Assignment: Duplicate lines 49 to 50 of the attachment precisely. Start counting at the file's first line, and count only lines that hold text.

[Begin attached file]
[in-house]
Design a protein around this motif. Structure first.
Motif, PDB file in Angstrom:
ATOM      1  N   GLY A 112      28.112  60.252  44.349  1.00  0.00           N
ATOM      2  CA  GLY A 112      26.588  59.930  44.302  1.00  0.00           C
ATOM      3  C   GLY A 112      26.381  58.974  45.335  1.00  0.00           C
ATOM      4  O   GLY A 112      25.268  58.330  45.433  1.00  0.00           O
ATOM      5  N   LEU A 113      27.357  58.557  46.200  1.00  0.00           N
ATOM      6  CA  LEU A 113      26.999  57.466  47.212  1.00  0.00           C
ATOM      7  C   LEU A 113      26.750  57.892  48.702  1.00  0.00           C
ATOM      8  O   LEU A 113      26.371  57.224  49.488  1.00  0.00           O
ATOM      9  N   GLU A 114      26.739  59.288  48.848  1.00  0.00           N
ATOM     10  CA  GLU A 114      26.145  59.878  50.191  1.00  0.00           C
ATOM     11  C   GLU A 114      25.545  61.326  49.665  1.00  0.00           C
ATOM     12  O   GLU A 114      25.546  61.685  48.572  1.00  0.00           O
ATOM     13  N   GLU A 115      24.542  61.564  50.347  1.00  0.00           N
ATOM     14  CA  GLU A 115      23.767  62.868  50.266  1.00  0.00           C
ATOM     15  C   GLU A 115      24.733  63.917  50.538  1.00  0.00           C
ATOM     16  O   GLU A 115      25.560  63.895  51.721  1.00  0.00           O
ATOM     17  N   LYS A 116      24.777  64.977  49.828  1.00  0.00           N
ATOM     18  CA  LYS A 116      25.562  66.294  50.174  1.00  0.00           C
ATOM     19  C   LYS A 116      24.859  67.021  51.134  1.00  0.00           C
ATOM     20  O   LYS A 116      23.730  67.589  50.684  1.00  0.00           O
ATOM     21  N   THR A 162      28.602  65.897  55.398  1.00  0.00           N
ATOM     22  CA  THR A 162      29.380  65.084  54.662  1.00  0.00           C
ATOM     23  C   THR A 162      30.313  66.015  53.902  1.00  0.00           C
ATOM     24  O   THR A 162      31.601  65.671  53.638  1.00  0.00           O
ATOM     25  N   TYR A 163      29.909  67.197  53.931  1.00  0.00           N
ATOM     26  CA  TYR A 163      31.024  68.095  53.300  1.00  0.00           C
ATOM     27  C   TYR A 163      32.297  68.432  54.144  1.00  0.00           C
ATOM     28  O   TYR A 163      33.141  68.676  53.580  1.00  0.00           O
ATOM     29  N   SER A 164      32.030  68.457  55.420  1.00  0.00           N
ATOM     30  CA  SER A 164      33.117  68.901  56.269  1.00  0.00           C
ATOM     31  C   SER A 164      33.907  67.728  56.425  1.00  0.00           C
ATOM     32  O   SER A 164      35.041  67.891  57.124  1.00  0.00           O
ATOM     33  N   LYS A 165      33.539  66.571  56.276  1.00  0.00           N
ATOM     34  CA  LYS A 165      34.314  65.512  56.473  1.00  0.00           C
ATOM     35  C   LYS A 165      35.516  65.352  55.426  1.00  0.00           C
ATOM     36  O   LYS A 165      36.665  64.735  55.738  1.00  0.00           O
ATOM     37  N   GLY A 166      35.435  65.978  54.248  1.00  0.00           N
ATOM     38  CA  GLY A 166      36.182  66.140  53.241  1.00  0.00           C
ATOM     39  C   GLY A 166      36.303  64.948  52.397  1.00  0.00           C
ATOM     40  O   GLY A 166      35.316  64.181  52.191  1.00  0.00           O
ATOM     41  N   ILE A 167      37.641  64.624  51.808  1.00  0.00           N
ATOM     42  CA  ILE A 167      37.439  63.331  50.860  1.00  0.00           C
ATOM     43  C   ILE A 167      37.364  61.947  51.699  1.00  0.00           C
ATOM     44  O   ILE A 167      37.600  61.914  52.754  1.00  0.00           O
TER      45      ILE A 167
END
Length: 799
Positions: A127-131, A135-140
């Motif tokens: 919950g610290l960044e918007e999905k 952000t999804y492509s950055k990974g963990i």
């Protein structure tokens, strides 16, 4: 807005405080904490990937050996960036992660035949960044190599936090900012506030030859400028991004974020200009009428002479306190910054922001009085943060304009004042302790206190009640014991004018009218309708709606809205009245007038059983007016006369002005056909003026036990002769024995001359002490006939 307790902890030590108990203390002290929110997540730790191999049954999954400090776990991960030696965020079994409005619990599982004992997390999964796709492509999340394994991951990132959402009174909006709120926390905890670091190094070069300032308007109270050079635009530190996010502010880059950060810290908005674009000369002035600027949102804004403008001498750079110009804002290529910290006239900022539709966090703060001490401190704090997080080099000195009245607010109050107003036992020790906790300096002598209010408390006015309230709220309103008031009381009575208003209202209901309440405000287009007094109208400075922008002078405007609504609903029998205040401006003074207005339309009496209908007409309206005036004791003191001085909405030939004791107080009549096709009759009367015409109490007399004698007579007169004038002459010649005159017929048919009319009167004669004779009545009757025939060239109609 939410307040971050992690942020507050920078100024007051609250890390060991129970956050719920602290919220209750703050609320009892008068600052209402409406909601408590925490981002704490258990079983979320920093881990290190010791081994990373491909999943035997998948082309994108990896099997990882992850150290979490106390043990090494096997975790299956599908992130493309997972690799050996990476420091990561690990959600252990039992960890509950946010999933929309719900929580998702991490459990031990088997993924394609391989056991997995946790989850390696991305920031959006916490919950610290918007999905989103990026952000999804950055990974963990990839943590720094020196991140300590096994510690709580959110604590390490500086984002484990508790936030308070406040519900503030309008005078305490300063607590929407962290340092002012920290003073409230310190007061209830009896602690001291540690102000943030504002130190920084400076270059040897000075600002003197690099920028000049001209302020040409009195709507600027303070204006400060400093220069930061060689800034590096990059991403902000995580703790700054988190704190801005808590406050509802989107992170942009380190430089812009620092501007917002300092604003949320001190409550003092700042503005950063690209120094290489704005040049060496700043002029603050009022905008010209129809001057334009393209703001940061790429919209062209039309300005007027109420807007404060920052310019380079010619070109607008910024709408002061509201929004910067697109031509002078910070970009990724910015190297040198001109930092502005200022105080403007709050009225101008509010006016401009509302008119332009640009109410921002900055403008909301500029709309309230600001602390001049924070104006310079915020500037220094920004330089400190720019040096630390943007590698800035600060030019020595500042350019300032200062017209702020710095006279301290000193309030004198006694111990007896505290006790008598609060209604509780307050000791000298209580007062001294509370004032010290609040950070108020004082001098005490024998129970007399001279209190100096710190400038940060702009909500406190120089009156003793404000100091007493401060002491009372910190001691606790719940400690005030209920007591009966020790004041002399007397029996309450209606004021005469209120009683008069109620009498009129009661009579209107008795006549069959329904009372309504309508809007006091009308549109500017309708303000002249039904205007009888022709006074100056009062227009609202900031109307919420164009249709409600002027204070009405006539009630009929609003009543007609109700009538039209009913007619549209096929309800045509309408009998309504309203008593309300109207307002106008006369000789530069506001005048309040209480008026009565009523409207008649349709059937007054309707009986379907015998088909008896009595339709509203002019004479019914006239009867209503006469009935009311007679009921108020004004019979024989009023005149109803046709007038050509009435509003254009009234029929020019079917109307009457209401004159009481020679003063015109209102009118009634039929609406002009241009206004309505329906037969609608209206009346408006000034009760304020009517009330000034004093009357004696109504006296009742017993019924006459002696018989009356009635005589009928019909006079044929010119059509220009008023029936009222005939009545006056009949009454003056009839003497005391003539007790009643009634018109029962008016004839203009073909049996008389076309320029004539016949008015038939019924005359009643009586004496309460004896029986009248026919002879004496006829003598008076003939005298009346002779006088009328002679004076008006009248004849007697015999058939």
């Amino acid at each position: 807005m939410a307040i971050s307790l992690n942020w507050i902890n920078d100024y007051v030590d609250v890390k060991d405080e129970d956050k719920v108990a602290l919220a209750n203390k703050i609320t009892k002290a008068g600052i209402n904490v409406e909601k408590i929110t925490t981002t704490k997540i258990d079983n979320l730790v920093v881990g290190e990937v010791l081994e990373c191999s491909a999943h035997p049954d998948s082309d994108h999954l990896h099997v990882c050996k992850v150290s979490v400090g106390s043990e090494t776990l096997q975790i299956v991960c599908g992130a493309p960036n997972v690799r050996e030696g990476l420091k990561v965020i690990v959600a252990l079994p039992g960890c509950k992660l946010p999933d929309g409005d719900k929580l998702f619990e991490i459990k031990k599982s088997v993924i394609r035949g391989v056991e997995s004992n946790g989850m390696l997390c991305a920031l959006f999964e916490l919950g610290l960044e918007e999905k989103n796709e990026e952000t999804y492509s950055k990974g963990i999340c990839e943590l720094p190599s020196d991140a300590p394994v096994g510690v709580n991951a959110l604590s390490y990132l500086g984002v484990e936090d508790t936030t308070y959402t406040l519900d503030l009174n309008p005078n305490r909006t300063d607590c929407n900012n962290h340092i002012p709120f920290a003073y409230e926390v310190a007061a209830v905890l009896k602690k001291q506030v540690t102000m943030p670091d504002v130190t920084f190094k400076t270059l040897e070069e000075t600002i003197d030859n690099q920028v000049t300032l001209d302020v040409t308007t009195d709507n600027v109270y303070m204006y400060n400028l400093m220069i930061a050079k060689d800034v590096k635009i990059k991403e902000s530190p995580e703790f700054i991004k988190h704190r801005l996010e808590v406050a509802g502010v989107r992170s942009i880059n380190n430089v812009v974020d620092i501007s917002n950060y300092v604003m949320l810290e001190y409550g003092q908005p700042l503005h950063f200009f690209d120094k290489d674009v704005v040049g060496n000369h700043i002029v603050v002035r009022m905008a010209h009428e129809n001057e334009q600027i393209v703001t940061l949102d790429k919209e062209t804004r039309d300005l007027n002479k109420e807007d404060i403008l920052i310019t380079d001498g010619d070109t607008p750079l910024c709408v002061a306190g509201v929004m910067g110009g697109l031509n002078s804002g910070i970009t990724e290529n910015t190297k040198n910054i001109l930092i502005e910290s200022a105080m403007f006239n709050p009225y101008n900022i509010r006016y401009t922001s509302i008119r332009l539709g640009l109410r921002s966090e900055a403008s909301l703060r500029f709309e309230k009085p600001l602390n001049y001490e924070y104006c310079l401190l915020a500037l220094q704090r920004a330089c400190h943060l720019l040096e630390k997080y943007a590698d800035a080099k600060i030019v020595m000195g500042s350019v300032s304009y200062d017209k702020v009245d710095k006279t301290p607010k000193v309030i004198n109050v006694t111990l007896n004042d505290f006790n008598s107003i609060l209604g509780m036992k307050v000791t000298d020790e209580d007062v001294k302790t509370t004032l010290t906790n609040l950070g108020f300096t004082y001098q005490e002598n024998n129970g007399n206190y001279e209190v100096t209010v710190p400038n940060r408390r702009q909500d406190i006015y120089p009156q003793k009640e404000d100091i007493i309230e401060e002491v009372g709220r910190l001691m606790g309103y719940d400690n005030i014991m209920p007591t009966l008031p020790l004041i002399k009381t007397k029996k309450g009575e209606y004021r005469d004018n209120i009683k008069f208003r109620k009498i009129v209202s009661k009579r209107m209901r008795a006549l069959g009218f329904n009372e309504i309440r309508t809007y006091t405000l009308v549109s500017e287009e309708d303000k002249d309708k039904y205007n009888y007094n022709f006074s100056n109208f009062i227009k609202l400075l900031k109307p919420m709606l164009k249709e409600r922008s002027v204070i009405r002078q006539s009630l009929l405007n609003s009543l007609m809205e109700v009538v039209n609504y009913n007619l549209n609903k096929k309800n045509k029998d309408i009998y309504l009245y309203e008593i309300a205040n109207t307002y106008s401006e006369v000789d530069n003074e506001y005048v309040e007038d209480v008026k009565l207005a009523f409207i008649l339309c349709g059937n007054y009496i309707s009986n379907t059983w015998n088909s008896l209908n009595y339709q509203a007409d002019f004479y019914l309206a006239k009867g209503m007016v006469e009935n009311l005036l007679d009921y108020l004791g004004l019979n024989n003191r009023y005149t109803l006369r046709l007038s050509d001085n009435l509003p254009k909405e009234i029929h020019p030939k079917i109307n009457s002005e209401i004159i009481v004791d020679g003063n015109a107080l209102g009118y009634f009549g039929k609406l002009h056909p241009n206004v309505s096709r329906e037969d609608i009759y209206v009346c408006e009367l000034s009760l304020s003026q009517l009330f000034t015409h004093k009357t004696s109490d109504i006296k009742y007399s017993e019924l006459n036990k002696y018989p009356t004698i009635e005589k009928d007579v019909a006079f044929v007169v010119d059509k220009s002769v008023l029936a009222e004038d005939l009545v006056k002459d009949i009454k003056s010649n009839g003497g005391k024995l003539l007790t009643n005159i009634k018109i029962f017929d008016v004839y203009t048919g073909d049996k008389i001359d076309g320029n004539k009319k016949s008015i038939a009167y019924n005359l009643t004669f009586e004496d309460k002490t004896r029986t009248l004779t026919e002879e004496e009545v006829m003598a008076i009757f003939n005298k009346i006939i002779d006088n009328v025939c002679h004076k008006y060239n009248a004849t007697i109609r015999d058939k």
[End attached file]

END
Length: 799